Yemen was the first country in the world to export coffee from the port city of Mokka in the 17th century and produces some of the world's finest and most sought-after coffees.
The coffee trees grow in the high, dry, sunlit mountains in gorges and on terraces where the scarce water collects. The coffees are natural coffees that are grown in microlots, where each variety and field is kept separate. Artificial fertilizers and pesticides are not used.
In good cooperation with Yemen Journey, we have imported two of the unique quality coffees to Denmark. They contribute to income and jobs in Yemen, where over 20 million people are dependent on aid after years of conflict. Both men and women participate in growing, sorting, packing, processing and exporting.
The two coffees are both delivered in 250 g whole beans roasted and packed from Coffee Collective .
Ja'adi coffee (DKK 199)
A very unique quality coffee from Yemen with a very high cupping score (87.25). A microlot coffee of the Jadii variety. Notes of flowers, berries, rose and cream. The lead barrista at Coffee Collective calls it "absolutely wild". The coffee comes from the Assalaf region in the eastern Haraz mountains in Yemen.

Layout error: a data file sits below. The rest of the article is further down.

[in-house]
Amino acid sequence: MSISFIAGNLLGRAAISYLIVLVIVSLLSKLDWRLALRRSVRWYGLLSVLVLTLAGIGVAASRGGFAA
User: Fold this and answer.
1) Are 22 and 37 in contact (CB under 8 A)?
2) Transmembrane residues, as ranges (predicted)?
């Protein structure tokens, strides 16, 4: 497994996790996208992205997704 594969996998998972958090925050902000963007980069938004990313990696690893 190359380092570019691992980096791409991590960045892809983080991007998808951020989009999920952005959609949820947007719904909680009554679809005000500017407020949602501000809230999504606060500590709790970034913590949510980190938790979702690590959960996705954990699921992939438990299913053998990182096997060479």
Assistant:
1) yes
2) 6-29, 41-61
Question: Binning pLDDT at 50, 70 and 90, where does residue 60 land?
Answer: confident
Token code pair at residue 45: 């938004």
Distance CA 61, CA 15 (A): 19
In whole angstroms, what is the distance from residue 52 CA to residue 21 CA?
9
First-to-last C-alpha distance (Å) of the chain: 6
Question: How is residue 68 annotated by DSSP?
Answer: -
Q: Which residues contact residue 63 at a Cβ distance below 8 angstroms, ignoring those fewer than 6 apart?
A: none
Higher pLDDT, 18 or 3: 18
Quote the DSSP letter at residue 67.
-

The coffee and coffee berries are grown and hand-picked at an altitude of 2,280 meters. The coffee is dried on nets in the sun for three days and in the shade for 40 days, after which it rests for 30 days before it is dehulled and hand-sorted to the highest special quality.
Khawlani coffee (DKK 109)
A coffee from Khawlani, Sa'ada in northern Yemen, which has been very badly affected by the war. Clean and full-bodied with low acidity. Notes of cocoa, hazelnuts and floral honey.
The coffee is grown by the two brothers Ali and Faisal Marwan, who with their families have the farms Jalat Al-Enab and Al-Masa'arah. The families hand-pick the coffee berries and dry them under the sun so that they are naturally processed post-harvest.
Our partner, Yemen Journey, has supplied nets stretched on frames for the drying, and is working with the families to improve the quality. The import therefore contributes to the development of coffee production in the remote and very poor area. It is the one of our coffees that makes the biggest difference.
Read the blog post On a coffee trip which describes the first visit to the families in Sa'ada.